Who made out finally with best friend in tent and felt her trembling chest vulnerable,

Who ran from police casually asking for disband and expunge and sound killer,

Who kicked at beer bottles finished window and desperate fist punched walls when gone,

Who took handjobs driving down the slow distracted lane in midnight and wailing radio,

Who beat and tired spin kicked at pathetic hardcore shows and received blow and cuts to the temple,

Who slipped on ice and seat belt off slammed the streetlight into head-hit windshield,

Who downtown watched baseball team lose and outcry the red and drive home in traffic valley,

Who went to the levee with angel to watch her paint the city canvas and asked for her hands only,

Who were called chink and nigger walking the sidewalk from tinted window and from tire shout and from schoolyard fence,

Who stereotyped and college frat house demeaned and on desktop graffiti read,

Who doo-wopped with plugged ears and scratched at sweaty skin in bathroom stalls scrawled,

Who crossed heart loved and stitched small-back loyalty on their shirt only to slip from the day,

Who straightlaced and scolded robotripping car rides with hand freezing in the winter air from

Who stole from the register $200 and quit next day inconspicuously and never received pension,

Who wanted that girl with the braces and crook teeth blow and talked to Carl about the holiness of whores,

Who were thrown from shows for underage drink and wandered warm and off-balance down the high streets of Clifton,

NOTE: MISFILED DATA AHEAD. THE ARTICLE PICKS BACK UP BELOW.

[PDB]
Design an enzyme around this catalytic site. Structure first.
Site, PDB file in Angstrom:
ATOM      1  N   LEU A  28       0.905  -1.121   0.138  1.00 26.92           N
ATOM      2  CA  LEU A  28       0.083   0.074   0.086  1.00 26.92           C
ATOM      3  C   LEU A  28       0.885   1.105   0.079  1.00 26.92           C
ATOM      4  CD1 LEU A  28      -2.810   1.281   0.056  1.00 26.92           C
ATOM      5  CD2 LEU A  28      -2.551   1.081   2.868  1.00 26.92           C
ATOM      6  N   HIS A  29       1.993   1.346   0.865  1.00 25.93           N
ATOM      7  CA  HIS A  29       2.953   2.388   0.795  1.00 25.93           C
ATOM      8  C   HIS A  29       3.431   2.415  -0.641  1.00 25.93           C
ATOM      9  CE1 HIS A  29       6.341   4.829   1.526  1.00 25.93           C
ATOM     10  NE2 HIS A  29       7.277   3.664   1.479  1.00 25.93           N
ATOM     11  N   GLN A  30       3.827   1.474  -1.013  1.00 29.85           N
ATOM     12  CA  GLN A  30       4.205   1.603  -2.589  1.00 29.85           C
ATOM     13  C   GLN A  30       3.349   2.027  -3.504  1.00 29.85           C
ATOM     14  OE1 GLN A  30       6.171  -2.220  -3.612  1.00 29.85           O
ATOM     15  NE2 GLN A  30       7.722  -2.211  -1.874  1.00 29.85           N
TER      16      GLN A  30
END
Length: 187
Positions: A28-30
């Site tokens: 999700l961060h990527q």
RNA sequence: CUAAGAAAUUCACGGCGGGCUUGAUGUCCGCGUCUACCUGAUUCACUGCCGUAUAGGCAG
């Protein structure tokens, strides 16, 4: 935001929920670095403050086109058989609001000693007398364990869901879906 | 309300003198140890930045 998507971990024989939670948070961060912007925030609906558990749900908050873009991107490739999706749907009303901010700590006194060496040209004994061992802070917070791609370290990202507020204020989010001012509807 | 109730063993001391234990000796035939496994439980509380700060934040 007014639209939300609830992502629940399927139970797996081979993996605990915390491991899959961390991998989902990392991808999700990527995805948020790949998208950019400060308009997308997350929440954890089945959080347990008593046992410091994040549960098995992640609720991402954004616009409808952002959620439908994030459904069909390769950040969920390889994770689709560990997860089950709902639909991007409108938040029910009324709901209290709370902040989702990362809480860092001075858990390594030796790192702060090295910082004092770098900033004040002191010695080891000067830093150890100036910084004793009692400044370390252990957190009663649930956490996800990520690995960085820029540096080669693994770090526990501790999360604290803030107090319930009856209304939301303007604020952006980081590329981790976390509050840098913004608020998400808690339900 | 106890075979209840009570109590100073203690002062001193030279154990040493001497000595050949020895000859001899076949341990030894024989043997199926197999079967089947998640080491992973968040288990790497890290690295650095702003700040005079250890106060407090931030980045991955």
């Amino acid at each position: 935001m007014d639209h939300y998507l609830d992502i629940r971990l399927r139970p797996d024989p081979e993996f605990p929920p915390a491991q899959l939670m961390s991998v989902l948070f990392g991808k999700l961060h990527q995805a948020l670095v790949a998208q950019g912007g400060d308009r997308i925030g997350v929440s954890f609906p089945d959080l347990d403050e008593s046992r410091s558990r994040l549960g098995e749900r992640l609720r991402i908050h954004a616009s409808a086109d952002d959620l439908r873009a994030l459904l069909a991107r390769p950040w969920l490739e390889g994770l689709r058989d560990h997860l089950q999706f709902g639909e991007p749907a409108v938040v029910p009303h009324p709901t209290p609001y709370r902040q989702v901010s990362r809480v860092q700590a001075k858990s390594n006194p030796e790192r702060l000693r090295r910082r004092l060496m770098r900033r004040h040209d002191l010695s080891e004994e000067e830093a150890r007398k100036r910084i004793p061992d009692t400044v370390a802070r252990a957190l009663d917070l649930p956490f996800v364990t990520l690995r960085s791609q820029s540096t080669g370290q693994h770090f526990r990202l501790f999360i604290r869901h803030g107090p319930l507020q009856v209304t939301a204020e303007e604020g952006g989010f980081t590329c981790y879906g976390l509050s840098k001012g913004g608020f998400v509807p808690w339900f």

Who flattered and grinned fat-faced girls on bus backs at the late-day drop to eve,

Who abstained from virgins or Madonna and as Lothario quit her for she meant more, Yes, she means more,

Who in night terrors met eyes out the bed, sweating rose nude in drenched sheets,

Who prayed on the bed with arms held gasping for God in the ceiling glow stars,

Who from Columbus to Cincinnati drove hundred and energy shots raced from the sun,

Who touched tip with cunt and open mouthed kiss on the pink walls of the bedroom,

Who drilled peepholes into parent bathroom walls without knowing the better.

These kids!

Who from future raped already tumbled forward and down the drop,

You kids! You dragged old age kids!

Who grappled with bad decision life-lessons on tip of tongues, feeling back like the memories
were full,

These kids, you kids!

Who were raised fine and right and remember the vivid good of childhood beginning,

You destructive kids, you tragic kids!

Who yelled and wailed,

We are weary!

We are not ready for your rest!

Who yelled and wailed,

We are weary!

But we are not the ones faint of heart!,

You kids, these kids,

Nate Myers is a really great guy, you know.
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International Cinema Thursday: Babette's Feast

"Then took Mary a pound of ointment of spikenard, very costly, and anointed the feet of Jesus,

and wiped his feet with her hair: and the house was filled with the odour of the ointment.